Measures aimed at promoting domestic reconciliation and human rights, if they are to be meaningful and sustainable, must be based on cooperation with the country concerned, be compatible with the aspirations of its people, and be consonant with its basic legal framework. The international community is aware that unconstitutional and intrusive external initiatives have repeatedly failed to yield meaningful results on the ground, and are in effect an unproductive drain on member state resources.
The Government would endeavour to establish a credible truth-seeking mechanism within the framework of the Constitution. The contours of such a model that would suit the particular conditions of Sri Lanka are under discussion.
The recommendations of the Presidential Commission of Inquiry on “Appraisal of the Findings of Previous Commissions and Committees and the Way Forward” have, inter alia, resulted in the establishment of an Advisory Board under the Prevention of Terrorism Act (PTA), progressive amendments to the PTA, and the release of detainees. Further recommendations are awaited.
As we delivered on the onerous task of review and reform of the PTA this year, to further enhance human rights, we will replace the PTA with a more comprehensive national security legislation in accordance with international best practices.
The recent delisting of groups and individuals will provide further impetus for constructive dialogue.
The independent statutory bodies established to advance the rights of victims and their families, and to provide reparations, continue to vigourously execute their respective mandates.
The Office on Missing Persons (OMP) has commenced the process of inquiry and verification, set up separate units on Tracing and Victim and Family Support, and acts as an Observer on relevant judicial proceedings.
Despite economic constraints, the Office for Reparations (OR) continues to deliver on its mandate, and the recently adopted National Reparations Policy and Guidelines have expanded the work of the Office beyond monetary compensation, to other forms of support.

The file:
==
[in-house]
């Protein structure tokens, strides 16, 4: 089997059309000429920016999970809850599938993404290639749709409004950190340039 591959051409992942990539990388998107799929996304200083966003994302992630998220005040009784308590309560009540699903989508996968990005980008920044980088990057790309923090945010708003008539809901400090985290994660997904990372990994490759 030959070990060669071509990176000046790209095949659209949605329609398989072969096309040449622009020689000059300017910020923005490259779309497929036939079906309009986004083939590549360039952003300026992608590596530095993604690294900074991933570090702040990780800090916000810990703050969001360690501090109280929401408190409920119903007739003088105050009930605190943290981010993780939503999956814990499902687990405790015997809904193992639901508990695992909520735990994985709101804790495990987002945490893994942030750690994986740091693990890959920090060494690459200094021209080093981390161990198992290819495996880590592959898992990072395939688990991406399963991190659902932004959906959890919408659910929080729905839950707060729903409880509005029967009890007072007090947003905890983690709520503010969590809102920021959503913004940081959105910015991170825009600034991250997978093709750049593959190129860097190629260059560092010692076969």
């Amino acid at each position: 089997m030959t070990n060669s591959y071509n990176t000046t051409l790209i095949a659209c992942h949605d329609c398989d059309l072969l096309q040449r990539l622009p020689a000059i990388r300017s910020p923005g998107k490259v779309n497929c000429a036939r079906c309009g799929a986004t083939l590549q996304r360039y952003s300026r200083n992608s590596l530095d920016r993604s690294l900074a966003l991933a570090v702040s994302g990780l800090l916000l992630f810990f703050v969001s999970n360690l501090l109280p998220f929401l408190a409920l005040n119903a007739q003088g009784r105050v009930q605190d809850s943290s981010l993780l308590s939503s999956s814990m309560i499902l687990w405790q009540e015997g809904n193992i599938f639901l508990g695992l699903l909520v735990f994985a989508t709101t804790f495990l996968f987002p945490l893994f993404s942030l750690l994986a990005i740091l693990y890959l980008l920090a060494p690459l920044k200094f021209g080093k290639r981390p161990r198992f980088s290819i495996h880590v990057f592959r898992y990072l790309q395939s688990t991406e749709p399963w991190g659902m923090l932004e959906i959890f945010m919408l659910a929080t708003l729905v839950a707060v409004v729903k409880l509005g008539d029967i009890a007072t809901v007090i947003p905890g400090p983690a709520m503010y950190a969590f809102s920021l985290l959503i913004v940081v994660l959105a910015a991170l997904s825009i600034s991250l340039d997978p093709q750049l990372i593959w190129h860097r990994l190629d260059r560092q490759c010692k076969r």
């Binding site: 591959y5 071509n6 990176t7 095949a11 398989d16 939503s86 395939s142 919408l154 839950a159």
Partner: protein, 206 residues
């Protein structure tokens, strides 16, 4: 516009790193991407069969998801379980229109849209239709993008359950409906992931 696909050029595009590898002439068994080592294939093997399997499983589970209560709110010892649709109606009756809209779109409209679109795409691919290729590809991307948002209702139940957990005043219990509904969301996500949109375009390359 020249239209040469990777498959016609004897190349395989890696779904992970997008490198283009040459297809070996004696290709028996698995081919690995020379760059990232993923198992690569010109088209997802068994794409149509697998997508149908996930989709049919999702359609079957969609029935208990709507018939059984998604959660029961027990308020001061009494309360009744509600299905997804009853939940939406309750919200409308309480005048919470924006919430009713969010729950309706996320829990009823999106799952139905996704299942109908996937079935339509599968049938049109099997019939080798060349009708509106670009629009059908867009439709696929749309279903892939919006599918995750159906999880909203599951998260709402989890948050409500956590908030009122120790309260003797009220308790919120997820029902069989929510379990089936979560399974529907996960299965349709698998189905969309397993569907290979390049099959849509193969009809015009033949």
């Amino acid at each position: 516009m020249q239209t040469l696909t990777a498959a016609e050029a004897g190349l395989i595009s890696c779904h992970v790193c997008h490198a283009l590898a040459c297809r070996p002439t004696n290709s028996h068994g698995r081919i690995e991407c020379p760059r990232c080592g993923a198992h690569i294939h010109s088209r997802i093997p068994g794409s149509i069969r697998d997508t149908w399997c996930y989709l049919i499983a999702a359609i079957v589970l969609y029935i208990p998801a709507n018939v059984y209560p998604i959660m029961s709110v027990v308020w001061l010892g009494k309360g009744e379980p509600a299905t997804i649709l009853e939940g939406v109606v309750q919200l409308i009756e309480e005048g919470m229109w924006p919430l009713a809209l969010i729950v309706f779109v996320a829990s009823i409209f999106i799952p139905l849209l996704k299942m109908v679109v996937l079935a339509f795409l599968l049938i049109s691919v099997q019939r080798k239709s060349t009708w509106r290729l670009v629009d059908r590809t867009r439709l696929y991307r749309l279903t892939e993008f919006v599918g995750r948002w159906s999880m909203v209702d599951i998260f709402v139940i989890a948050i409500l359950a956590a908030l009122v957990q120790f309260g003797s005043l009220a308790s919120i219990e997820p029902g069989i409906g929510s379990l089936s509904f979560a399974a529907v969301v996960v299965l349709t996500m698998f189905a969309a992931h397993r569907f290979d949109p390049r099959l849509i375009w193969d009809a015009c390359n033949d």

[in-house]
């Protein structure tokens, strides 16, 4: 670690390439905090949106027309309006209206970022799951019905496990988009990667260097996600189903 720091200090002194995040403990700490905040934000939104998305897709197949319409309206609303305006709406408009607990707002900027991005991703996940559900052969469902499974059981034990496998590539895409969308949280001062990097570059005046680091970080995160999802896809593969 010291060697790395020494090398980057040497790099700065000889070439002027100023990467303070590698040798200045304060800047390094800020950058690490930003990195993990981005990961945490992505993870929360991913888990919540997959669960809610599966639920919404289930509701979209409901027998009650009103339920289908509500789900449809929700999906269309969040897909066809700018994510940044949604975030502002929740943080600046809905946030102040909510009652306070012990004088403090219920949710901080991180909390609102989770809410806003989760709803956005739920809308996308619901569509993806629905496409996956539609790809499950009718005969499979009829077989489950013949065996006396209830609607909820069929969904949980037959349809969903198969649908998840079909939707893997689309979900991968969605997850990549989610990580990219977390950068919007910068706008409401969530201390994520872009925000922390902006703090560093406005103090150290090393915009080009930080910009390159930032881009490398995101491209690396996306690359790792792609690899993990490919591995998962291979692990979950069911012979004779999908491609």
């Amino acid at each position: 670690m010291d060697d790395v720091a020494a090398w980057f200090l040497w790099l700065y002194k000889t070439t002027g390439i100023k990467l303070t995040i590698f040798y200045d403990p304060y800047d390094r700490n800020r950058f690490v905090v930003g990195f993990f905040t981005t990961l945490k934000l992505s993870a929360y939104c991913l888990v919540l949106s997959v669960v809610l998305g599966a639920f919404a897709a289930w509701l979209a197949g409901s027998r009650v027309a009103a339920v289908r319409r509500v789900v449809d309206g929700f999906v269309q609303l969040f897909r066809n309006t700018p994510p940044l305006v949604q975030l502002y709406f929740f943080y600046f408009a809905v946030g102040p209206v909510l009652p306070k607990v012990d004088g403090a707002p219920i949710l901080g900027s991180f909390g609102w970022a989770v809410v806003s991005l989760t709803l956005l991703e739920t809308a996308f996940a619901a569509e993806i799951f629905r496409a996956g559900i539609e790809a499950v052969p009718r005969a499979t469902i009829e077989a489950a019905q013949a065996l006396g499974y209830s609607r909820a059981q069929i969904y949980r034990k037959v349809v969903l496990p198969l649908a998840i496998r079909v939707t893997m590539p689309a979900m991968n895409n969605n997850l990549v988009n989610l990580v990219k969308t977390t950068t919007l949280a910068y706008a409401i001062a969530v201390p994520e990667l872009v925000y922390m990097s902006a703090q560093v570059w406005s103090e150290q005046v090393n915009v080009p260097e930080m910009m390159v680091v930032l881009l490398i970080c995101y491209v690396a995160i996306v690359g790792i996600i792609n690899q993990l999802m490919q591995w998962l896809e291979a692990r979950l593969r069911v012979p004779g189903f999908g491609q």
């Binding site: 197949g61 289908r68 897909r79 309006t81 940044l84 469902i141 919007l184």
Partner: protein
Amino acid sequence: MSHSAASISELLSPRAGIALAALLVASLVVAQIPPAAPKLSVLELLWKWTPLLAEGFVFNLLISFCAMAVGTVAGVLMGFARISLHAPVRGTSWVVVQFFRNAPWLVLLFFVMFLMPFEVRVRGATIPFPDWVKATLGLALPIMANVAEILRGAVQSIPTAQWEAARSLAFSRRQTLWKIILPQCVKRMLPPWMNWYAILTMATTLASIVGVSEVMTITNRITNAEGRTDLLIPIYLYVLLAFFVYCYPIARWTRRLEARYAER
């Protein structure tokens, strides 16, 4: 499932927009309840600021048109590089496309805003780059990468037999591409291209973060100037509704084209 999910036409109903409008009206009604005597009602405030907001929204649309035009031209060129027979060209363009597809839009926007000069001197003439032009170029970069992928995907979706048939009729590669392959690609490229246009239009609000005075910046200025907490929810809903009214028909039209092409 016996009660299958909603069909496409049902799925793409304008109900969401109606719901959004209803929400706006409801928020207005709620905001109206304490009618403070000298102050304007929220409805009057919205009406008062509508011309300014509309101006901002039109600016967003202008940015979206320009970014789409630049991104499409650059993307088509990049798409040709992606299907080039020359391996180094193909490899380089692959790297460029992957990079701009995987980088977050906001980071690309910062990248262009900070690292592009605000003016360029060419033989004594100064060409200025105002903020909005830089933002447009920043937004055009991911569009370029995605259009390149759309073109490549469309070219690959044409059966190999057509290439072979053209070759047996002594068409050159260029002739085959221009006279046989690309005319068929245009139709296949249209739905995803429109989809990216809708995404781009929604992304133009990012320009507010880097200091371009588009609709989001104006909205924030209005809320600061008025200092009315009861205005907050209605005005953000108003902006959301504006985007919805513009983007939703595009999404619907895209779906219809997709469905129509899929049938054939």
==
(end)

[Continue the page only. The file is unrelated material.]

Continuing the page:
The necessary support and resources to strengthen the functioning of the Office for National Unity and Reconciliation (ONUR) and the Human Rights Commission of Sri Lanka (HRCSL), continue to be provided.
The outreach to overseas Sri Lankans encompassing all communities and generations will be expanded through the establishment of an Office for Overseas Sri Lankans, thus facilitating more vigourous engagement.
As recognized in the Universal Declaration, human rights are interdependent, interrelated and indivisible. In upholding human rights, we have benefitted from the considerable expertise available with other countries as well as the United Nations. We will seek further advice and support on best practices as we proceed, and as deemed necessary.
We will continue our cooperation with the Human Rights Council and its mechanisms. Sri Lanka is party to the 9 core Human Rights Conventions, and has maintained regular and constructive engagement with the UN Treaty Bodies. We have extended a standing invitation to all UN thematic Special Procedures mandate holders to visit Sri Lanka, and facilitated a high number of visits in the recent past. We look forward to constructive engagement with the Council through the Universal Periodic Review process. We have delivered on our commitments at the UPR, and will proactively engage in the upcoming UPR fourth cycle.
We have facilitated two visits by the Office of the High Commissioner to Sri Lanka in May and August this year, and provided unimpeded access. The visits provided the officials of the OHCHR with the opportunity to engage with a range of stakeholders, and witness progress.
It is 13 years since the end of the conflict in Sri Lanka, and since then a new generation has emerged with their own aspirations. While issues of reconciliation and accountability are being comprehensively addressed through a domestic process, it is time to reflect realistically on the trajectory of this resolution which has continued on the agenda of the Council for over a decade, and undertake a realistic assessment on whether it has benefited the people of Sri Lanka. There is a need to acknowledge actual progress on the ground and support Sri Lanka.
The current challenges, though formidable, have provided us with a unique opportunity to work towards institutional change for the betterment of our people. Sri Lanka appreciates the solidarity and support extended by our friends and partners during this challenging time. In a message of unity and reconciliation, President Ranil Wickremesinghe in his inaugural address to Parliament said “if we come together, we will be able to invigorate the nation”.
Through many a challenge, the people of Sri Lanka have remained steadfast and resilient while upholding their democratic values as one of Asia’s oldest democracies. We are not hesitant to acknowledge our challenges and forge ahead with renewed vigour. While our immediate concern is economic recovery, advancing the human rights of our people is of equal priority. We look to the genuine support and understanding of this Council, as we proceed on this path.